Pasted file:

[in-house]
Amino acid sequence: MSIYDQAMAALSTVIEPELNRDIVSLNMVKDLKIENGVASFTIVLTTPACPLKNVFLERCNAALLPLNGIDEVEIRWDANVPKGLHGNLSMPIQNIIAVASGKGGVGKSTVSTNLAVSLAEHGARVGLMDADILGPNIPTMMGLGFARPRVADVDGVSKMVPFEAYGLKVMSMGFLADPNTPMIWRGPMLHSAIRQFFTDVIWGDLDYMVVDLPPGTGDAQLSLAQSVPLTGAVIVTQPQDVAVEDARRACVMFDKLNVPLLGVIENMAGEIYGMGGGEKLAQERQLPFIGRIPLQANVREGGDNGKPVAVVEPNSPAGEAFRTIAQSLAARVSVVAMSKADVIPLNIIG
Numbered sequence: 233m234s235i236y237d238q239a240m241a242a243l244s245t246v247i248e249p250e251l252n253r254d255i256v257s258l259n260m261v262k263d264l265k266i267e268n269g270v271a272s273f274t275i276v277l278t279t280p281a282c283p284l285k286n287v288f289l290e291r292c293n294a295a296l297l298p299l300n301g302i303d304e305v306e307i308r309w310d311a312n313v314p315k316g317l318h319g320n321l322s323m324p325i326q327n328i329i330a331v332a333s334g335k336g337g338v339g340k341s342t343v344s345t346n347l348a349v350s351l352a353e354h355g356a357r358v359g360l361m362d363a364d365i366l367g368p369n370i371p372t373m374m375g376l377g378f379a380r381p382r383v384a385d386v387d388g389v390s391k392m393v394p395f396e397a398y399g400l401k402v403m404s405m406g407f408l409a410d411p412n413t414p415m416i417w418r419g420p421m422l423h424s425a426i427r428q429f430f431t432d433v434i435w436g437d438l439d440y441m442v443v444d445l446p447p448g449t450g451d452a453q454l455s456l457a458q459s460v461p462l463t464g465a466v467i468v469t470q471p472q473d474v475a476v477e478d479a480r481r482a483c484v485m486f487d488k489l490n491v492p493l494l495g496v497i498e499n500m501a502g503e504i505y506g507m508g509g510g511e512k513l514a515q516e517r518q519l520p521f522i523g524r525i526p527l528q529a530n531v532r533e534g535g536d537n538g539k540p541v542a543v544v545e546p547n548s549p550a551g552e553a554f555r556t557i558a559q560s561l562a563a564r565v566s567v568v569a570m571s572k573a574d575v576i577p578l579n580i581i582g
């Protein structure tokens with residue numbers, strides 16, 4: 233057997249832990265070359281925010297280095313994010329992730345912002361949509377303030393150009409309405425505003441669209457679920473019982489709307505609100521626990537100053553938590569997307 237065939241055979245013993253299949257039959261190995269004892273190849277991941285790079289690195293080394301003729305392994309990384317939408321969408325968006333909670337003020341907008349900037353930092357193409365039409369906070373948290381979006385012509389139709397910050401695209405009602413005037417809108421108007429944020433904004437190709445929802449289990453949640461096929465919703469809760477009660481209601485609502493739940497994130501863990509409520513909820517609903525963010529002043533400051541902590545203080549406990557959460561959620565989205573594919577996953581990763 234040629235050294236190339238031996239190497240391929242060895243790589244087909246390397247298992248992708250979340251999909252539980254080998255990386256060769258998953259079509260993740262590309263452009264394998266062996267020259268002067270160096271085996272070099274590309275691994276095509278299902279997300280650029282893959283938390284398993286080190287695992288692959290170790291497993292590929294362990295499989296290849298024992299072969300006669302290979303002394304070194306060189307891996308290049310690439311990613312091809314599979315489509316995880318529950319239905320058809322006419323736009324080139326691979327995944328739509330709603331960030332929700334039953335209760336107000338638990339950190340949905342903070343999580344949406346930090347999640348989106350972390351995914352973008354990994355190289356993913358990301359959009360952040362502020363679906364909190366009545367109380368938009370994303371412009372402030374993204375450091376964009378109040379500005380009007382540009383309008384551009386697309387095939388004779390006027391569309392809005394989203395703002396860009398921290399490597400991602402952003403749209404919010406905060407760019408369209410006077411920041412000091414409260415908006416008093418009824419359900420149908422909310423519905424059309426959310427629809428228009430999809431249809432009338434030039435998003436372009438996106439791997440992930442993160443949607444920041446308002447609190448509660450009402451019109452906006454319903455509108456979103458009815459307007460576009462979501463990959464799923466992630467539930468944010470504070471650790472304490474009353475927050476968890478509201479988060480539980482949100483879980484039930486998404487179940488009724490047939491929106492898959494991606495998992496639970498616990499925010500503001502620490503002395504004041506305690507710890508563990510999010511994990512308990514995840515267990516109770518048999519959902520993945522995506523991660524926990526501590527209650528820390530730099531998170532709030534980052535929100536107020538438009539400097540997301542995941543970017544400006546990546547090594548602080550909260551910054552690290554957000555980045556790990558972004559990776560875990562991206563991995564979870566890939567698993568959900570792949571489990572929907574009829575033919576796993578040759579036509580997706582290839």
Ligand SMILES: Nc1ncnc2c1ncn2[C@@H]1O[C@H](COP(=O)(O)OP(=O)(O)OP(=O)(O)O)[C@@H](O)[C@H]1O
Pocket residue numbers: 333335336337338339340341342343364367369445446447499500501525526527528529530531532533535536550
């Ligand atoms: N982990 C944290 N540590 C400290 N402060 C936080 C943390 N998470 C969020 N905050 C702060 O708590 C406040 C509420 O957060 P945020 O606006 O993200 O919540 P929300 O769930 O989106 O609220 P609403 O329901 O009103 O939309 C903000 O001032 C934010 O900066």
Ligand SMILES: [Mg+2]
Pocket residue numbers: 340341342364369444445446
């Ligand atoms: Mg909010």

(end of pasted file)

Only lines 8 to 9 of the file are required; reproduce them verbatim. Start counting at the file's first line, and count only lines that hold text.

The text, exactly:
Ligand SMILES: [Mg+2]
Pocket residue numbers: 340341342364369444445446